What is this lobbying organization that has very little power? It is called the American Trauma Society. I am sure the Presiding Officer has met with them. I have gone to their facilities and seen the people who have had these terrible head injuries. Most are traffic related; many are people having run red lights.
On this issue, the American Trauma Society, composed of emergency room personnel, would like to have fewer customers, and they point to studies that cameras reduce violations by 40 percent.
The American Civil Liberties Union, which opposes a lot of things, dropped its opposition to red light cameras because they recognize there is a limit even to what they can go to. They believe this is something that helps keep highways safe. With a million crashes at intersections each year, causing 250,000 injuries and 2,000 deaths, the carnage is very bad.
Why do I raise this issue? Because changing driver behavior in a meaningful way will save lives. Studies show that more than 90 percent of Americans believe red light running is dangerous. The vast majority of citizens and law enforcement officials support the use of photo enforcement to stop red light running. Some may not agree. They say this is ``big brother.''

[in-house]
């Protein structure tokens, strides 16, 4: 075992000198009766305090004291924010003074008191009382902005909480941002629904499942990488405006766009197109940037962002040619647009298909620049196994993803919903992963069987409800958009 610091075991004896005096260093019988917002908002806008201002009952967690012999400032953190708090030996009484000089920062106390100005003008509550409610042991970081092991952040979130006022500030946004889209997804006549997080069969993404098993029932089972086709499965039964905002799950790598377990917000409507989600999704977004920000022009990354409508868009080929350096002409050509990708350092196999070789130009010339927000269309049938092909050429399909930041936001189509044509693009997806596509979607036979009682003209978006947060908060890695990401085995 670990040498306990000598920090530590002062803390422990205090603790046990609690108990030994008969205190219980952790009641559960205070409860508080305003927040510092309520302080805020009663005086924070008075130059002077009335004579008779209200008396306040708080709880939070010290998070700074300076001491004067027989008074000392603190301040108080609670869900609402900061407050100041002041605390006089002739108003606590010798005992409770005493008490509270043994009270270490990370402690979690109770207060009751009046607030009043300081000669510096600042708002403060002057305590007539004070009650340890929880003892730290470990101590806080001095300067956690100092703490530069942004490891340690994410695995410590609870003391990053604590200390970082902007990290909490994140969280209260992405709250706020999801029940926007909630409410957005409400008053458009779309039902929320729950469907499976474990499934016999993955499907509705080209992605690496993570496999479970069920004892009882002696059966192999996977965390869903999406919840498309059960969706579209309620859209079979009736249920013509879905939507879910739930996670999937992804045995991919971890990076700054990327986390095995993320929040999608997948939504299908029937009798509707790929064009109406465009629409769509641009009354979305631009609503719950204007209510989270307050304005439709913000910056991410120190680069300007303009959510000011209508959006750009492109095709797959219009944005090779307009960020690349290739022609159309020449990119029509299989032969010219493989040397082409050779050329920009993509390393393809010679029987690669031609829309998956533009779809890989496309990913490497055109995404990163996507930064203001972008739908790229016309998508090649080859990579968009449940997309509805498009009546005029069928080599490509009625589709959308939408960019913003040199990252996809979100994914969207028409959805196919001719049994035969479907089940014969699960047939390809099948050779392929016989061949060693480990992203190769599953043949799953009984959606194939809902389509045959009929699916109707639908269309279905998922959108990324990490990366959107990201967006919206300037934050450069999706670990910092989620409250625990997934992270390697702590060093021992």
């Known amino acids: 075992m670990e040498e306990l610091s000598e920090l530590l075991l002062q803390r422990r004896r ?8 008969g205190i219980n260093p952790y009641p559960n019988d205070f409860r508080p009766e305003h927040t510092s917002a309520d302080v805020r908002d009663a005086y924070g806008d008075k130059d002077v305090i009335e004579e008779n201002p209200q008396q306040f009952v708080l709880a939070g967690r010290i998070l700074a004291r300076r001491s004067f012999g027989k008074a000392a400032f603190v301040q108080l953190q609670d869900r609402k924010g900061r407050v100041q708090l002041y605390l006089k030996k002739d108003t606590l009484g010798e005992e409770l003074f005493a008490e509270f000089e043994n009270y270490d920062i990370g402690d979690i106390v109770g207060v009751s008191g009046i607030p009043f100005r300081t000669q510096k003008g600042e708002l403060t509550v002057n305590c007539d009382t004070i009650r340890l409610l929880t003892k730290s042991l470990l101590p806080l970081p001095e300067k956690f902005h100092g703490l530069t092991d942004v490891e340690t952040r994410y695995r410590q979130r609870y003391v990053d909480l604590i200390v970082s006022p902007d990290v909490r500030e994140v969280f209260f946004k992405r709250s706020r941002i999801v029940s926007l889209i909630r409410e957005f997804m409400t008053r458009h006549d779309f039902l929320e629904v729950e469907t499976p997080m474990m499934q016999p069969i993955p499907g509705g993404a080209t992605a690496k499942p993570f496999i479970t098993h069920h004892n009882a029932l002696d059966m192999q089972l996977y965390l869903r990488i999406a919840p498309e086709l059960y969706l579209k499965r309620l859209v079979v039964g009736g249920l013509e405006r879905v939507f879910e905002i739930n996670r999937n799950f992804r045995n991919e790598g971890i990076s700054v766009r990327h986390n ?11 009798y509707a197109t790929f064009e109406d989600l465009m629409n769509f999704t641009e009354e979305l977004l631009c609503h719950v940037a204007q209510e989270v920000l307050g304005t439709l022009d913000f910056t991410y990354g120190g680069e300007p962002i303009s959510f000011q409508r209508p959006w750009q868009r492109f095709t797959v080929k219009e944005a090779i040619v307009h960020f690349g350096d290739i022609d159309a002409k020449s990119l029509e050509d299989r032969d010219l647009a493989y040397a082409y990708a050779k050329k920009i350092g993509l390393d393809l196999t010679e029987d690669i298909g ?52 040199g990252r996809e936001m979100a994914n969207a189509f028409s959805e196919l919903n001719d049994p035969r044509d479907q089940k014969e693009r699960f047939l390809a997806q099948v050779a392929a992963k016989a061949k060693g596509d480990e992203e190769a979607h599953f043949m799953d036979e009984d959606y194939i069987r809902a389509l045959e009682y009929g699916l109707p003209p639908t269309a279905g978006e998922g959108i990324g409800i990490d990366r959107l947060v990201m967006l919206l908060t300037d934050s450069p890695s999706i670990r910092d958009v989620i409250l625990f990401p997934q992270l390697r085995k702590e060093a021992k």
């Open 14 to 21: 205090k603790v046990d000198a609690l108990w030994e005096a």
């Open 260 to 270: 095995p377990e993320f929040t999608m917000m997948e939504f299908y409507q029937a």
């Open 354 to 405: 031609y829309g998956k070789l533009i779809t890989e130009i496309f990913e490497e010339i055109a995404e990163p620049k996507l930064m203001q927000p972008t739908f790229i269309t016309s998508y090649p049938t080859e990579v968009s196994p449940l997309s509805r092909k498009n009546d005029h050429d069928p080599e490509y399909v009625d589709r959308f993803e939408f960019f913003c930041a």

Going back to when I was city attorney, we needed modern law enforcement methods to keep up with criminals and also those accused. It doesn't matter whether it is cop or a camera; it is getting caught that counts. There are consequences for breaking traffic laws. Ensuring the safety and well-being of America's families and neighborhoods should be one of our top priorities. Photo enforcement supports this priority in a way that is constitutionally effective and proven free of bias.
I want those 30 jurisdictions, including the chief in the District of Columbia, to know I am going to do what I can to support his position and not go off on some side issue or side street issue saying this is ``big brother'' or that Orwellians are coming after us."